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Do you want a key that will unlock some of the mystery of cultures?

“Yes,” he replied.

Three primary colors

To shake up his presumptions, I came out of 'left field' with this question:

“Okay, which color is better – red, yellow, or blue?

“How could one color be better than another? They’re just different,” he said.

He had been confused by the 'stories' or testimonies he had heard from others attracted to Jesus Christ, and how they entered into a living relationship with him.

It was a mixed group of people that had come to Canada from other countries and cultures – yet, all of them had come to believe in the Lord Jesus Christ.

An Indo-Fijian man had been a Hindu. He spoke of the kindness of Christians who he had invited to his house. Earlier, a Hindu priest had been paid a large sum of money to come and heal the man's sick mother – but nothing happened. When the man spoke with a Christian workmate, the Christian simply told him of Jesus Christ and his power. He and another Christian came to the man's house and prayed for the healing of his sick mother. The next day she was well. It was through this incident the man and his family trusted in Christ Jesus as their Lord.

A person from Iraq had been a Muslim. That person related a dream or a vision in which Jesus appeared. When the Iraqi met a Christian he asked about Isa (Jesus) to explain the dream, which led to him receiving Christ. He told how his shame had been replaced by Jesus’ honor.

There were other ‘stories’ that seemed so foreign, even unacceptable, to my young friend. 

“They haven’t talked about their sins and God's righteousness, and the need to be forgiven!”

“Do you doubt their stories? Is there anyone of them that you do not believe is your brother or sister in Christ?”

“Well, no … but I just don’t understand what happened in their lives. One spoke of the power of God, another of receiving honor in place of his shame. What about righteousness?”

“It sounds like you think everything should be 'red,' but you are only hearing 'yellow' and 'blue.' Again, which color is better?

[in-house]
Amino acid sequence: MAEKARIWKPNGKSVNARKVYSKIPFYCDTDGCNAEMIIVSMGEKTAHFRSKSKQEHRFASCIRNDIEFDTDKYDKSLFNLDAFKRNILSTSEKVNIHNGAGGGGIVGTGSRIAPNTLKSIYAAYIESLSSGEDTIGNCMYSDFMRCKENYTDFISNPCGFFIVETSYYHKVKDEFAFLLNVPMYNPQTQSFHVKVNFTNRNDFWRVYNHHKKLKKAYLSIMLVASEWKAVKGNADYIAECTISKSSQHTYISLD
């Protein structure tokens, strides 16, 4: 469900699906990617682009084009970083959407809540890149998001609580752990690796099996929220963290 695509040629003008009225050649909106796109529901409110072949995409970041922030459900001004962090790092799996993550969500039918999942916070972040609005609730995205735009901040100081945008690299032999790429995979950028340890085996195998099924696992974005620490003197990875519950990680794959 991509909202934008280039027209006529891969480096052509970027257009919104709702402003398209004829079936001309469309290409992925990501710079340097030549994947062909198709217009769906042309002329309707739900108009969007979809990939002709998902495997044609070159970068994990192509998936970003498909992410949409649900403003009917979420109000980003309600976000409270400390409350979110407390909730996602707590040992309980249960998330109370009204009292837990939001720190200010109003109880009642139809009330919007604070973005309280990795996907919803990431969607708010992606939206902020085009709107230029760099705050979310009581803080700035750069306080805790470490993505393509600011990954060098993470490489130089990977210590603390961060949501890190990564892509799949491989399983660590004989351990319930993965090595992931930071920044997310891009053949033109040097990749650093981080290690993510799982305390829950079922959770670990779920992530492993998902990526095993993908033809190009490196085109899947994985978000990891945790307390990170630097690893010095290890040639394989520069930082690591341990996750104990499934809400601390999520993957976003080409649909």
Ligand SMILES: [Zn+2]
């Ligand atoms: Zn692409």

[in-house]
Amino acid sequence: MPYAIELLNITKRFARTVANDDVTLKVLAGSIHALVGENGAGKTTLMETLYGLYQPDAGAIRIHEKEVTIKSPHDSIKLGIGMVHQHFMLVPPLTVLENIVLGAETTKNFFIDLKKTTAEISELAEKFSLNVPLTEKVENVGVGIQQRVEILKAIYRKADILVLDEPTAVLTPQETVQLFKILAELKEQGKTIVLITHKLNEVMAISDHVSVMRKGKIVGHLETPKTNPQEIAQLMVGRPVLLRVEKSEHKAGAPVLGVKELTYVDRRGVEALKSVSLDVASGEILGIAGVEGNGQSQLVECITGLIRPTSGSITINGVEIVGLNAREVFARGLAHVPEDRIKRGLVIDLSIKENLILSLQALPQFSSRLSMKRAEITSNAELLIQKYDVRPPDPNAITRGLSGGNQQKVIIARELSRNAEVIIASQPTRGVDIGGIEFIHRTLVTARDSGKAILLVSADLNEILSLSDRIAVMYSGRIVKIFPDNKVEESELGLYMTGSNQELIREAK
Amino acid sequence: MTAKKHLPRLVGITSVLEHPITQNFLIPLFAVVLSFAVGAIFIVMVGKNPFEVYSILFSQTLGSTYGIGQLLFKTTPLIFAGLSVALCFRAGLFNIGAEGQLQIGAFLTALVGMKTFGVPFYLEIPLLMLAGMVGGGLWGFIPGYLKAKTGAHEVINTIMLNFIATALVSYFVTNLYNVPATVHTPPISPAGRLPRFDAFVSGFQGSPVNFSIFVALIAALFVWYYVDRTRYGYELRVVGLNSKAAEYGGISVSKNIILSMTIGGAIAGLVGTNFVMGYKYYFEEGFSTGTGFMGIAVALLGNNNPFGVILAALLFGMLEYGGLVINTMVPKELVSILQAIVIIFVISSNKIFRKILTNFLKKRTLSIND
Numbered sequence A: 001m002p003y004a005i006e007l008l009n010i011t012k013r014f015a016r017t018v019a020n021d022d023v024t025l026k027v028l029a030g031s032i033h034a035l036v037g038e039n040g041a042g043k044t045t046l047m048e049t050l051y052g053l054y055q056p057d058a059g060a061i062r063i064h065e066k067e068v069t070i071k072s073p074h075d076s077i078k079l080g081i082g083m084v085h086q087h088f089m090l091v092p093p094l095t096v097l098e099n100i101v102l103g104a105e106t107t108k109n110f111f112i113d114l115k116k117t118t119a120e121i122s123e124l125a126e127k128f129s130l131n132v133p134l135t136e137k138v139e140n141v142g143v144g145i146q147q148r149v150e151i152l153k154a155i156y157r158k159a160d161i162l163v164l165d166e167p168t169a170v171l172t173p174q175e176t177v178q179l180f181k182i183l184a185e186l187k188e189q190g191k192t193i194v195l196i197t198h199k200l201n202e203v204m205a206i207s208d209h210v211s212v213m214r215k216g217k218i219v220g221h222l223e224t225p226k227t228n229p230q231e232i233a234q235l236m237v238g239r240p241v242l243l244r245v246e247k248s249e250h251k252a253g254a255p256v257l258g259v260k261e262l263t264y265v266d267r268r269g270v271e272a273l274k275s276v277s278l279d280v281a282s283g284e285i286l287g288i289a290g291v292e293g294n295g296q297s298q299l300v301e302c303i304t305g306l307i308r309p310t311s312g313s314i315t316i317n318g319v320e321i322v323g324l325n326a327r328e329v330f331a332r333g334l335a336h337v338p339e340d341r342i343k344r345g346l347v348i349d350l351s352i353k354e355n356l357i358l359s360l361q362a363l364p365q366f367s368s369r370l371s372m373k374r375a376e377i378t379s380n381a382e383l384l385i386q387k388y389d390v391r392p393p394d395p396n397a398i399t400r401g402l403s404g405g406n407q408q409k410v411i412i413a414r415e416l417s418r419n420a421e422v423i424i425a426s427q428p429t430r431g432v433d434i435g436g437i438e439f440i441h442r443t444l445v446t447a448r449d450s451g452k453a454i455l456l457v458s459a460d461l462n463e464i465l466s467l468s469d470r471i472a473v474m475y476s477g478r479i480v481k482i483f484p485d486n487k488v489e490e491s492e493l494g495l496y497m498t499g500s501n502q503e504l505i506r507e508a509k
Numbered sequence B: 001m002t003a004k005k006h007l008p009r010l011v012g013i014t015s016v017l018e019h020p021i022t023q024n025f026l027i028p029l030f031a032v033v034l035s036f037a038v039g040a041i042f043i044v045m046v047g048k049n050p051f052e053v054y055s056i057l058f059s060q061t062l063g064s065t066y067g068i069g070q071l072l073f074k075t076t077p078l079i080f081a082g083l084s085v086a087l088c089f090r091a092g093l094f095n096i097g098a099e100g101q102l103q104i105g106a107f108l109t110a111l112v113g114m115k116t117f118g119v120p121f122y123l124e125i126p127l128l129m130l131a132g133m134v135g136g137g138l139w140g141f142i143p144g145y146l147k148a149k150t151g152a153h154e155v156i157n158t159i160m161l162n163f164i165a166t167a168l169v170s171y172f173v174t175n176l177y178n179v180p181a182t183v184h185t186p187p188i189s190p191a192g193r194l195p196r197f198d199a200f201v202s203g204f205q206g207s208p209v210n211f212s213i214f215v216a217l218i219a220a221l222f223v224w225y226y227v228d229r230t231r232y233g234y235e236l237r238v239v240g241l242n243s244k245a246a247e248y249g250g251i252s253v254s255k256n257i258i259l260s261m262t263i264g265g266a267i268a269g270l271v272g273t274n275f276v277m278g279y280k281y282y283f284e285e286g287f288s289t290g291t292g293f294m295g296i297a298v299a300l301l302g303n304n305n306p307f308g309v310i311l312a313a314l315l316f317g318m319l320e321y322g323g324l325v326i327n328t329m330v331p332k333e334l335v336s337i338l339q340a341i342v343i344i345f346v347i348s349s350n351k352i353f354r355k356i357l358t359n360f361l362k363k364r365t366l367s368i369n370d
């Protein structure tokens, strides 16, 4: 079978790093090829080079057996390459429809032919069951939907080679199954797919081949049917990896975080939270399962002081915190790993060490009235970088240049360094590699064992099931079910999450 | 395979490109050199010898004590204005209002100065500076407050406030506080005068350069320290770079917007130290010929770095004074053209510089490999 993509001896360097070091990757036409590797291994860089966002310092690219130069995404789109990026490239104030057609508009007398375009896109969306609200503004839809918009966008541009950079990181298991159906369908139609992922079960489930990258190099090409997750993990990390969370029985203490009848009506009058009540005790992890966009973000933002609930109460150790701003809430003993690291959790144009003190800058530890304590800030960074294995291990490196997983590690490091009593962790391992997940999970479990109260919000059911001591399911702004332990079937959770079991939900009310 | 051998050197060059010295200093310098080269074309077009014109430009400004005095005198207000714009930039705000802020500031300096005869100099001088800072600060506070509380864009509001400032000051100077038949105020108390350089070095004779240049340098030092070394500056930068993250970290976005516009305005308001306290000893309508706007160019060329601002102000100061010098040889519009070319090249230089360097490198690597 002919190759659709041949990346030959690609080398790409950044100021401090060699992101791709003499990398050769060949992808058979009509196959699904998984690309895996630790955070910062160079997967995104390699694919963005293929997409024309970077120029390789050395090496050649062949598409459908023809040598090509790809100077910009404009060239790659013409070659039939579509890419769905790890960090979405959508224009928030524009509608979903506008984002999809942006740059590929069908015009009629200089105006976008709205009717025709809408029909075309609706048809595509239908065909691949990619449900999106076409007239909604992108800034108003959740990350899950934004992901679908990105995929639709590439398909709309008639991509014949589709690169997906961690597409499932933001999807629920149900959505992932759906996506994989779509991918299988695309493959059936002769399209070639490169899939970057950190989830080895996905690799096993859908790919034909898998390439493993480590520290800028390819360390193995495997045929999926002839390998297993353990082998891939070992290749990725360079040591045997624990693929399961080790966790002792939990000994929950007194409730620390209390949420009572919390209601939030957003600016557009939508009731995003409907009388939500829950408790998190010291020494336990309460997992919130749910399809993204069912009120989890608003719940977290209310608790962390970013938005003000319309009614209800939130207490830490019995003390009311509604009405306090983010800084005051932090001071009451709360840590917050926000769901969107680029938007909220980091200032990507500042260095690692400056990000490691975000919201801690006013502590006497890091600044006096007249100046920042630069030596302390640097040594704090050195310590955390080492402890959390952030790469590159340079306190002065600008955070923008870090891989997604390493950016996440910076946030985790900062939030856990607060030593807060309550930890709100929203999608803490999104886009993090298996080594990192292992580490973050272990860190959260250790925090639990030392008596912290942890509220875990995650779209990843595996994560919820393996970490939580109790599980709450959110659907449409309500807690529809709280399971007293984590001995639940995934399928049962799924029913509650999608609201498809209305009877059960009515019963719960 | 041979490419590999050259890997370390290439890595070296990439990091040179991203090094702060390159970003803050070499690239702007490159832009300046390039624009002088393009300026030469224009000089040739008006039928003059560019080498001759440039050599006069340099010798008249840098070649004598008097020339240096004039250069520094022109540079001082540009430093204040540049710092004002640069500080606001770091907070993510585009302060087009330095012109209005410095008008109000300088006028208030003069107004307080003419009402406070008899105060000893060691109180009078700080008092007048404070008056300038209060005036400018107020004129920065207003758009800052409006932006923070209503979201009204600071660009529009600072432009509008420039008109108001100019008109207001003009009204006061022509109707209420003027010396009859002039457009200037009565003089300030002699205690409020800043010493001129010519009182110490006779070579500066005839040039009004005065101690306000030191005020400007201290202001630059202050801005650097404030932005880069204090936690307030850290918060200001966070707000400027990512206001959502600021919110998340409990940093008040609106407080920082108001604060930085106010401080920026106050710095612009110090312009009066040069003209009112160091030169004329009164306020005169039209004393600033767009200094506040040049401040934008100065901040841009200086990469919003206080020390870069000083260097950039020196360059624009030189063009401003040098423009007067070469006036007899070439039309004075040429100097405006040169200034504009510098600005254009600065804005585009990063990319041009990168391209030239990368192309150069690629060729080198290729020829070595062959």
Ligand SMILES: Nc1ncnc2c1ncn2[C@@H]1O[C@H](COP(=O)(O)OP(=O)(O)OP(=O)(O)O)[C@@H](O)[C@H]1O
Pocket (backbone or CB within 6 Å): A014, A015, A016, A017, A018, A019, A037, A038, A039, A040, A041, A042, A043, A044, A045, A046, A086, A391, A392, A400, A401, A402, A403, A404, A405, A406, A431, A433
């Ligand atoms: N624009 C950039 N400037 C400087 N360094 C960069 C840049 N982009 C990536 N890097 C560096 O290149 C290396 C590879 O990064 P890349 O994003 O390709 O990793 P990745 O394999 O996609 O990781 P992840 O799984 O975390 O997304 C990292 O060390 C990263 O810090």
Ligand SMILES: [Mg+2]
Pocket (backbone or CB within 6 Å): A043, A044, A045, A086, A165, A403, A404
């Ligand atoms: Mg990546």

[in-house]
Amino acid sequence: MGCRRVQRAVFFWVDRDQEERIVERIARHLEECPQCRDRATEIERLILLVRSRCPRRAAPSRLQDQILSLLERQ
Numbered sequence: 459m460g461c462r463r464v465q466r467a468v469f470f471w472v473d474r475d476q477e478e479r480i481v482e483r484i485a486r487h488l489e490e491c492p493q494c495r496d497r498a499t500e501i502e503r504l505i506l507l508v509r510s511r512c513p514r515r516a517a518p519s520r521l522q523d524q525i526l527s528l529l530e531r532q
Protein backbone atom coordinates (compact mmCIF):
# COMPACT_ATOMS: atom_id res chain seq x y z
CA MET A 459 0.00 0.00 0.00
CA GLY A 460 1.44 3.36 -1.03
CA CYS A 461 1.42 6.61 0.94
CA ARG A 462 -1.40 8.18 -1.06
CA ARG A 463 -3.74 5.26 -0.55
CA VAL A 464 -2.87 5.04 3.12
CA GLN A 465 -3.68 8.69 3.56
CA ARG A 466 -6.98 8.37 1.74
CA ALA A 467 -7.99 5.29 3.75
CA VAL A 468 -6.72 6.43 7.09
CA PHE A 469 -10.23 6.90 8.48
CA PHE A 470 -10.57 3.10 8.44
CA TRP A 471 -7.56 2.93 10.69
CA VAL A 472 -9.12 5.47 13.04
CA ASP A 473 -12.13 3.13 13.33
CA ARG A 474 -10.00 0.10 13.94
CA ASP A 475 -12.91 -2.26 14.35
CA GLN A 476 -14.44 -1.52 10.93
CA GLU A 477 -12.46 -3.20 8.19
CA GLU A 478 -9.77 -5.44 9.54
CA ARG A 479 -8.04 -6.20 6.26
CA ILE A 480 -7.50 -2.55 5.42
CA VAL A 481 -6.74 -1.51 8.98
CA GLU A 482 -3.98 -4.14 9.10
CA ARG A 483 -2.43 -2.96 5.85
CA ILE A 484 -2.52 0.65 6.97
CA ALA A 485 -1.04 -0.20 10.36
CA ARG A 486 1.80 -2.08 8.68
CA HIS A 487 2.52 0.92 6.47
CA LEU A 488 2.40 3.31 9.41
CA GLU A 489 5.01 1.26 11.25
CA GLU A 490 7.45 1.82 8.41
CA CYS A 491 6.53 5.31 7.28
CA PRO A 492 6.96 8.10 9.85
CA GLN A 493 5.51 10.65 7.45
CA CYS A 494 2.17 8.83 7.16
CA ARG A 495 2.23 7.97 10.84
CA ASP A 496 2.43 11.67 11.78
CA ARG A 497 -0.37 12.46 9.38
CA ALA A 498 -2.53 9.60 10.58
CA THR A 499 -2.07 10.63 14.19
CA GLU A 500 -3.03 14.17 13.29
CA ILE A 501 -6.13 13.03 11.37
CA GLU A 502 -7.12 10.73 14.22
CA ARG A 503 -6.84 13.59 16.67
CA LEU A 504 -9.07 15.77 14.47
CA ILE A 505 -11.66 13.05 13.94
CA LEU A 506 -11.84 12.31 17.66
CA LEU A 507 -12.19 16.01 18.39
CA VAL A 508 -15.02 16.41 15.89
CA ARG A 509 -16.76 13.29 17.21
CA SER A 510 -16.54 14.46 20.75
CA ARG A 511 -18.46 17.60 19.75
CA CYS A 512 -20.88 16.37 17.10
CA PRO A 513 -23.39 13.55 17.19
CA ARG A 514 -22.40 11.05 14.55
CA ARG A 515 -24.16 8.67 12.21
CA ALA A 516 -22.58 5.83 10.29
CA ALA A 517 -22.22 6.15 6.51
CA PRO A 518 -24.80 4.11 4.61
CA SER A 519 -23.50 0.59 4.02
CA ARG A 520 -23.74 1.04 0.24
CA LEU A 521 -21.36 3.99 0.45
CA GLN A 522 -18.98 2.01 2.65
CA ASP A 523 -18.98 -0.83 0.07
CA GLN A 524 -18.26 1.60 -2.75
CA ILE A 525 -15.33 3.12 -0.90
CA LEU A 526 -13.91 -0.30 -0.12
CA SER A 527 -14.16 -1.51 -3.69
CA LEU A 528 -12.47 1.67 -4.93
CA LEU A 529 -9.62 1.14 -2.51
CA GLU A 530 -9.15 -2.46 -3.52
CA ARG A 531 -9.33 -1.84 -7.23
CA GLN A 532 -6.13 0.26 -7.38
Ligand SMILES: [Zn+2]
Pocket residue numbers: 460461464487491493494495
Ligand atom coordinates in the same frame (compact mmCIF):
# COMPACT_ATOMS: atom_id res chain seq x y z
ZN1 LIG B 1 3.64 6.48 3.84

Three primary forces

Why does “my” culture always seem right, or the best, and other cultures seem wrong, or not as good?

Last week’s blog, introduced triplets who grew up differently. At 20, these genetically identical young men were culturally diverse. Almost everything they did was different, including language, mannerisms, food, clothing, values, and worldviews.

How can we understand these diversities in culture and what drives each of them?  

Earlier I mentioned the three primary colors – red, yellow, and blue. No one of those colors is “better” than the others; they’re just different. By combining those colors, you can make up every color of the spectrum.

In the same way, there are three primary forces that shape culture. What are those forces? 

Müller model

Several years ago, I came across The Messenger, the Message, and the Community by Roland Müller. He proposes that the source for the various cultures and worldviews on our planet originated in Eden and can be discerned from Genesis 3. He begins by identifying three fundamental results of sin: guilt, shame, and fear. 

  • Guilt – “the eyes of both were opened, and they knew that they were naked” (Genesis 3:7 ESV).
  • Shame – “And they heard the sound of the LORD God walking in the garden in the cool of the day, and the man and his wife hid themselves from the presence of the LORD God among the trees of the garden” (3:8).
  • Fear - And the man said, “I heard the sound of you in the garden, and I was afraid, because I was naked, and I hid myself” (3:10).

Müller states (p. 148): 

When man sinned, three great conditions came upon mankind. By sinning, man broke God’s law and consequently was in a position of guilt. By sinning man also broke God’s relationship and consequently was in a position of shame. Finally, when man sinned he broke God’s trust and was from that point, in a position of fear. 

According to Müller, the reciprocal or remedy for guilt is righteousness; for shame is honor; and, for fear is power.